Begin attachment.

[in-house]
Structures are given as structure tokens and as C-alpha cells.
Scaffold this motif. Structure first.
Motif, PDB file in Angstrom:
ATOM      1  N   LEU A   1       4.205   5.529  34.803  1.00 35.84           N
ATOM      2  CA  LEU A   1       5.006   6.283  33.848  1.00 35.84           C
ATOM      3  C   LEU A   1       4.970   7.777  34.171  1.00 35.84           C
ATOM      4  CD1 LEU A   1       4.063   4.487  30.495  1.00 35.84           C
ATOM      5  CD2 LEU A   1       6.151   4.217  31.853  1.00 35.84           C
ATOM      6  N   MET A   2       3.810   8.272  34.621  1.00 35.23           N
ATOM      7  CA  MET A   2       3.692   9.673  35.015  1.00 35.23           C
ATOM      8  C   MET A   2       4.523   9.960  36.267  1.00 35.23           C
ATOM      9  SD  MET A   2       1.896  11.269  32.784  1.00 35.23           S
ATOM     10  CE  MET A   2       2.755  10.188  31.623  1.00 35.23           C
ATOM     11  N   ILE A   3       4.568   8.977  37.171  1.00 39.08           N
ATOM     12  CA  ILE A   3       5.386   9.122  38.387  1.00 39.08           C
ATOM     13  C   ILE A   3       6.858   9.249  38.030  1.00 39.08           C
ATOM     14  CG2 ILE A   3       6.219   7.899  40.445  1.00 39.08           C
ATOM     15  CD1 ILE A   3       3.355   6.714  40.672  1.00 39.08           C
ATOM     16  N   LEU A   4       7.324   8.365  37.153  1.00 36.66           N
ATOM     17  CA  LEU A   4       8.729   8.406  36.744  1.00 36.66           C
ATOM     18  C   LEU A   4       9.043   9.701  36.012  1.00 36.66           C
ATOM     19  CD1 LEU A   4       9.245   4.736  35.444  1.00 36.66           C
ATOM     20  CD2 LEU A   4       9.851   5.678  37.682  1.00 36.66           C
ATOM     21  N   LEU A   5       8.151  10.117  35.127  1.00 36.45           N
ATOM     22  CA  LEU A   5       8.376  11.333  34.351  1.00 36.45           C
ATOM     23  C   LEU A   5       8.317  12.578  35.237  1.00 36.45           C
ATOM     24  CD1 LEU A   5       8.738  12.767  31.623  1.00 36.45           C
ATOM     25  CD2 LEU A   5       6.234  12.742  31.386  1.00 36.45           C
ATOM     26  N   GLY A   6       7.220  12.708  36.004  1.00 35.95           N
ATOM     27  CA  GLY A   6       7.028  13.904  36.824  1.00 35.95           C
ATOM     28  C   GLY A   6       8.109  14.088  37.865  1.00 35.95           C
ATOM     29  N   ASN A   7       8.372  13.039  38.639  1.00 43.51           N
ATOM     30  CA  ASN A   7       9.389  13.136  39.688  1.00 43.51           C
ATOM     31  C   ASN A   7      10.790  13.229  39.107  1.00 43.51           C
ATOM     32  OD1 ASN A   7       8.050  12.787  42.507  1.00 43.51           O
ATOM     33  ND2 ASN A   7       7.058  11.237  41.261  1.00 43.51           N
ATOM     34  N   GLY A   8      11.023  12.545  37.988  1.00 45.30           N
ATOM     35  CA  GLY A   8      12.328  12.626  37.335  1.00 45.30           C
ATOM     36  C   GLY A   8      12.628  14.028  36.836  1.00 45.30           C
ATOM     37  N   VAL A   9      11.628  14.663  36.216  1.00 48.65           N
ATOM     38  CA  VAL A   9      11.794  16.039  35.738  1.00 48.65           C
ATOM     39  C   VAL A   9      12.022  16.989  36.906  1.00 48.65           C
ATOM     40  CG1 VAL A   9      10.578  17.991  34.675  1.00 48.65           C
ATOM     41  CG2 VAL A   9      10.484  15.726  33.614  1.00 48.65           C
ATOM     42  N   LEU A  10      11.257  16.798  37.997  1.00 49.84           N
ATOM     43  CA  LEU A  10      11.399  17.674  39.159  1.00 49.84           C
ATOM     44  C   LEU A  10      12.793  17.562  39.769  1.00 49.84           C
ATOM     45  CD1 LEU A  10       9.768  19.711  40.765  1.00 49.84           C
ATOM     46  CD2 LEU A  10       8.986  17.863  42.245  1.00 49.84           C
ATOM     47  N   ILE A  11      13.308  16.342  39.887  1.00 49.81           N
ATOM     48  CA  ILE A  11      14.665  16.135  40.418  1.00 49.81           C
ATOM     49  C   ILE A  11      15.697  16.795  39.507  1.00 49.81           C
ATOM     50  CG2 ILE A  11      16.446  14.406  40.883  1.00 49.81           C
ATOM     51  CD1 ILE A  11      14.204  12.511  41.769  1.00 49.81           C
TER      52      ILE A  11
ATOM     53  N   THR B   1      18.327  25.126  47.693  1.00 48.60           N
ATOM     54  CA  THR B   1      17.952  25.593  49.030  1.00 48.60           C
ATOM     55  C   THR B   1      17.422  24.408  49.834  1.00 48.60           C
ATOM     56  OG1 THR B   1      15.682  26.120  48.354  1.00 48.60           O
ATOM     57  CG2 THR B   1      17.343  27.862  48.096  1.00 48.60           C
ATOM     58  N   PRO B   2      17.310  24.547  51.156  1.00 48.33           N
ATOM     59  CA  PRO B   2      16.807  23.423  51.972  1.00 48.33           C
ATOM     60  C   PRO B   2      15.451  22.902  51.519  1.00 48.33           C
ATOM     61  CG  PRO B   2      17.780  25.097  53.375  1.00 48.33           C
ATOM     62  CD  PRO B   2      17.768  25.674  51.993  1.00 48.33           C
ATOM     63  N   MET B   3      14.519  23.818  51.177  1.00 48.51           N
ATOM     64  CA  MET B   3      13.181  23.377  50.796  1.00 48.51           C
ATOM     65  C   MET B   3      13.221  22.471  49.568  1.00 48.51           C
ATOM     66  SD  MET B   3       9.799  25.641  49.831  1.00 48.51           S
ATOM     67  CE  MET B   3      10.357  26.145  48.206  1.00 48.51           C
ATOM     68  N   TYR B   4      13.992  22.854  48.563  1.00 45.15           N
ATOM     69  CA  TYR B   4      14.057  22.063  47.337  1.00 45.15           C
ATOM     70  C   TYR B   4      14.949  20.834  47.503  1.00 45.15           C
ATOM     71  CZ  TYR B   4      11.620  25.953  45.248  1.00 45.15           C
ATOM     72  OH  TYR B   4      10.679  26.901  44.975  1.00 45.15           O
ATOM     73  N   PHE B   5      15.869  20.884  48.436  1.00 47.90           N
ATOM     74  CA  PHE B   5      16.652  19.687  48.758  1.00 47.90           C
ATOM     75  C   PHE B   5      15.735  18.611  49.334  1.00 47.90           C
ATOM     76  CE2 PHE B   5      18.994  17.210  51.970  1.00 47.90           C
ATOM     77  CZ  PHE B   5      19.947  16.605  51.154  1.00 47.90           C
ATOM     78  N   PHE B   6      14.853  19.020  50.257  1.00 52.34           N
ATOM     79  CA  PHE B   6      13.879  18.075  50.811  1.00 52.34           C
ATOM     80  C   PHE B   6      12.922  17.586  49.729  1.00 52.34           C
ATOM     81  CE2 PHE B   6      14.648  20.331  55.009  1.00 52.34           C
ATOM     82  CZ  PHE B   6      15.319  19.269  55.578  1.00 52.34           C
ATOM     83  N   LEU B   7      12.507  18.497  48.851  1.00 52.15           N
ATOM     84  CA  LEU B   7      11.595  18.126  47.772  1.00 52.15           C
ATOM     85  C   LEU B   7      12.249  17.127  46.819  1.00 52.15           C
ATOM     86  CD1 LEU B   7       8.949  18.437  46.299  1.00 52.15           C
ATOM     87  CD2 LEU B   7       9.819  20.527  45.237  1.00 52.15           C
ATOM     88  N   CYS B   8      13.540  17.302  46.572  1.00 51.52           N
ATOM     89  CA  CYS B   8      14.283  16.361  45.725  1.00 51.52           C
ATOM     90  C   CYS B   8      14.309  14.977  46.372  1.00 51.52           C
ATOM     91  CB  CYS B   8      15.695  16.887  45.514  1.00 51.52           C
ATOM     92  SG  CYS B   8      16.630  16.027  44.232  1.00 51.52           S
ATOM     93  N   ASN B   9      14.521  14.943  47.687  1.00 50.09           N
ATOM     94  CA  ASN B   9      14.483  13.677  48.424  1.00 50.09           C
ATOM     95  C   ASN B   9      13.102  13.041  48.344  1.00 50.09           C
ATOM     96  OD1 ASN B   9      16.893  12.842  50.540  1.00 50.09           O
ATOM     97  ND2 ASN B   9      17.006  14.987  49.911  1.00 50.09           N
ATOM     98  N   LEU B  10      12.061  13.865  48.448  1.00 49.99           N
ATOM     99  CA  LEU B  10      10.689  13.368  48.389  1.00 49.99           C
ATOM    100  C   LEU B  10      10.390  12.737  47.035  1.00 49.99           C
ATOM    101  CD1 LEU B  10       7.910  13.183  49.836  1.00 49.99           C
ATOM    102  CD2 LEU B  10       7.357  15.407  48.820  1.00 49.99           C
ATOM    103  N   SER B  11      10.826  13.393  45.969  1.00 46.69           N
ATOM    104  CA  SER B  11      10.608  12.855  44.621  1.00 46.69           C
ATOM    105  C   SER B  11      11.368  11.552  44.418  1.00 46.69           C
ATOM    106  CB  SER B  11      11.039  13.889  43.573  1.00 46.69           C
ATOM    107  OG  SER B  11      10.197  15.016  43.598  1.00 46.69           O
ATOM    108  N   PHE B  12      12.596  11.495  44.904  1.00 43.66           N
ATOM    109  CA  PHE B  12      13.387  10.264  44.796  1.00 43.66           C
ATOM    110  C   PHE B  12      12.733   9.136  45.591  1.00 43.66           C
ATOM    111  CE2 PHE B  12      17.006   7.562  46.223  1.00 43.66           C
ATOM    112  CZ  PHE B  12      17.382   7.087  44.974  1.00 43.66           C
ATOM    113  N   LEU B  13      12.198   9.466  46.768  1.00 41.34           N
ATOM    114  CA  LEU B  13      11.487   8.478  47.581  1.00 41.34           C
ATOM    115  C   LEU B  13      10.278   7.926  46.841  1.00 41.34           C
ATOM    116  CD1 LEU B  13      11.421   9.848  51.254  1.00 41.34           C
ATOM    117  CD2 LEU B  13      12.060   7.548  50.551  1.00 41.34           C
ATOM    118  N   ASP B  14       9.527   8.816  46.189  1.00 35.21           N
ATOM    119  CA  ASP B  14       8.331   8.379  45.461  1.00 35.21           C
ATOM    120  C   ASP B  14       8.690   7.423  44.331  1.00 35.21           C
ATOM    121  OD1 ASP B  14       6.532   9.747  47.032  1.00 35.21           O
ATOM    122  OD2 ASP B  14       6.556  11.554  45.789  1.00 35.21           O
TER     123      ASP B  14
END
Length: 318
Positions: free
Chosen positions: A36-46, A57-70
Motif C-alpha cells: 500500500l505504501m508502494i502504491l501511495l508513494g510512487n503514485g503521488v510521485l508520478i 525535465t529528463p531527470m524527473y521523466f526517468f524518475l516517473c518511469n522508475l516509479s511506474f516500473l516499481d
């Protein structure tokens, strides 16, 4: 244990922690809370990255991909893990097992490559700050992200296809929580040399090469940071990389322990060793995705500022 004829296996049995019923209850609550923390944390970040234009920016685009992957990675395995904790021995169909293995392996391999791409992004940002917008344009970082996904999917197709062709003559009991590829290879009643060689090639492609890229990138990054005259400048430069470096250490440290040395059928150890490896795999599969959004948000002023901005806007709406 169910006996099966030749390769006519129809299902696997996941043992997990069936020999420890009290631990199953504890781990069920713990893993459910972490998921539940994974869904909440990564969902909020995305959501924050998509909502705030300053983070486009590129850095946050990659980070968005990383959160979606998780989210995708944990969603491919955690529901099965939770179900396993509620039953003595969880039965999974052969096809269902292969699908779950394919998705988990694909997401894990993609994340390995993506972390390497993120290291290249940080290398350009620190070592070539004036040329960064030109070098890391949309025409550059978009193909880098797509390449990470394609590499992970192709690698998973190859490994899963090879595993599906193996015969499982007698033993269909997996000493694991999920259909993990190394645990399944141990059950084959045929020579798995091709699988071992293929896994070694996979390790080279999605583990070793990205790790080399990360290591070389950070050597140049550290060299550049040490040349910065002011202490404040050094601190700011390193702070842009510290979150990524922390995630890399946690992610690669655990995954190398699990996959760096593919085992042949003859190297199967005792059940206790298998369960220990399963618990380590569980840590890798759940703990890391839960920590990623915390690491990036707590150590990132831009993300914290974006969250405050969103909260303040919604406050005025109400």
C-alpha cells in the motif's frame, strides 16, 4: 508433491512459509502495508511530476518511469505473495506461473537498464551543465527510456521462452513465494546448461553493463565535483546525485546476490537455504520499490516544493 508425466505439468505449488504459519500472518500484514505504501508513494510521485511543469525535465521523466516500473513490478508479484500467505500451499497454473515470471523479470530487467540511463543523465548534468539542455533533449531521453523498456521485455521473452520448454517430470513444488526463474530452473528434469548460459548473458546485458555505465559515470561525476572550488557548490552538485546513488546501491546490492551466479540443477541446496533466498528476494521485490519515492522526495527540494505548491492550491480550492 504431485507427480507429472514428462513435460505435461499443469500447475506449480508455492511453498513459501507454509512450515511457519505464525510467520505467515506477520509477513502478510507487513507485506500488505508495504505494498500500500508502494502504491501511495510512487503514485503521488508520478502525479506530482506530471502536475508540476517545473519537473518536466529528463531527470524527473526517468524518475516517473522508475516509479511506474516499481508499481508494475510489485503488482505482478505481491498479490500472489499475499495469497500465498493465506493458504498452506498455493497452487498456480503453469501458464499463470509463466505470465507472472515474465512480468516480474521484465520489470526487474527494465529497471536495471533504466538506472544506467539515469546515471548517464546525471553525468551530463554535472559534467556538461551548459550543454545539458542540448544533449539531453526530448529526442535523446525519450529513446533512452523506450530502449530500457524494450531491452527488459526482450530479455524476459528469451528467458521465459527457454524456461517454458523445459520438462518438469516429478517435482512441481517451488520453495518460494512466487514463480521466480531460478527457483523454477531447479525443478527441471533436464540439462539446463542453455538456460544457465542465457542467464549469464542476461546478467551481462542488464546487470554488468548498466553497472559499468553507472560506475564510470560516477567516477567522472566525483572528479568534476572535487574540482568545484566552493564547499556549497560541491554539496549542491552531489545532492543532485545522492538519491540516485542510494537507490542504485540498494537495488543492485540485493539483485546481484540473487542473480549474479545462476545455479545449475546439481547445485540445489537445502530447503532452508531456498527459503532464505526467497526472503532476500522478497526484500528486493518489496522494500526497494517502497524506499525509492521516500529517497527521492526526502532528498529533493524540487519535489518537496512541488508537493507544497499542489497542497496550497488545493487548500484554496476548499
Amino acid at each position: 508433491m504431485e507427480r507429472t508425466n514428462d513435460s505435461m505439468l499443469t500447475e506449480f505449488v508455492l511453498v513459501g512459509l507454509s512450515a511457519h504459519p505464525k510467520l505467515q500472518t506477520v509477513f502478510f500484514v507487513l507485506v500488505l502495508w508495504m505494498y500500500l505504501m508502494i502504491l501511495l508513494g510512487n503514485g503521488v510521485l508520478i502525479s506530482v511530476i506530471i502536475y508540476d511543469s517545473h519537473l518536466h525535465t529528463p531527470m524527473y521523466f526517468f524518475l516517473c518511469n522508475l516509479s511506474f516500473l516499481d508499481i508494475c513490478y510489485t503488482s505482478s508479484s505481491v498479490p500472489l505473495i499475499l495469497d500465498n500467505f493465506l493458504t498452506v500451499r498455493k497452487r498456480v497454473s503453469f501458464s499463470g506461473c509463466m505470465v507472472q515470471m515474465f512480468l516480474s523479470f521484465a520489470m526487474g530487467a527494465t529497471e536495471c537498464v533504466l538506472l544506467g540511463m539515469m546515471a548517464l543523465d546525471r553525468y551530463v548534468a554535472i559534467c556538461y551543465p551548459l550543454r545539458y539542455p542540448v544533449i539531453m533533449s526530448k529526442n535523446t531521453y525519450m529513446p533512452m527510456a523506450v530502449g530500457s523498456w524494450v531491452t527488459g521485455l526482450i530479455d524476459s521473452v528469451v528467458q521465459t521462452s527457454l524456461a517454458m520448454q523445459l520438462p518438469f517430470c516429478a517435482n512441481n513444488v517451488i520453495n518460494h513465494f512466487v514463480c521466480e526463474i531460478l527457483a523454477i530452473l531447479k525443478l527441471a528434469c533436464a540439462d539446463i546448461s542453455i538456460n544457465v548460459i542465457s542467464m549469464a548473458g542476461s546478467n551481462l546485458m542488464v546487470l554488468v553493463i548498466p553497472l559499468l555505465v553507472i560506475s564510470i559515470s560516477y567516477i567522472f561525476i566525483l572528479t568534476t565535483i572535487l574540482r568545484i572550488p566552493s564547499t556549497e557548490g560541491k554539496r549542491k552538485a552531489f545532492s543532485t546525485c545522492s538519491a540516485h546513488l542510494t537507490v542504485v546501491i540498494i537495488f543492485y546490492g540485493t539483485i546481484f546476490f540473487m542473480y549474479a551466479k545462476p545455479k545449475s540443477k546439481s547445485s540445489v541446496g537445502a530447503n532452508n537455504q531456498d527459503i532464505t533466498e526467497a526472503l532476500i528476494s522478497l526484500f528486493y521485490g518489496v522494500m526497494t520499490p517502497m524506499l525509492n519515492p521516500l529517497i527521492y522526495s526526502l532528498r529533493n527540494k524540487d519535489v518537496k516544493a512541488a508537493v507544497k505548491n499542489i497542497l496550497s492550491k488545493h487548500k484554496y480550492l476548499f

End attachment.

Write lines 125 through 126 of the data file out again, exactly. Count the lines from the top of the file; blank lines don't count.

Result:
ATOM    121  OD1 ASP B  14       6.532   9.747  47.032  1.00 35.21           O
ATOM    122  OD2 ASP B  14       6.556  11.554  45.789  1.00 35.21           O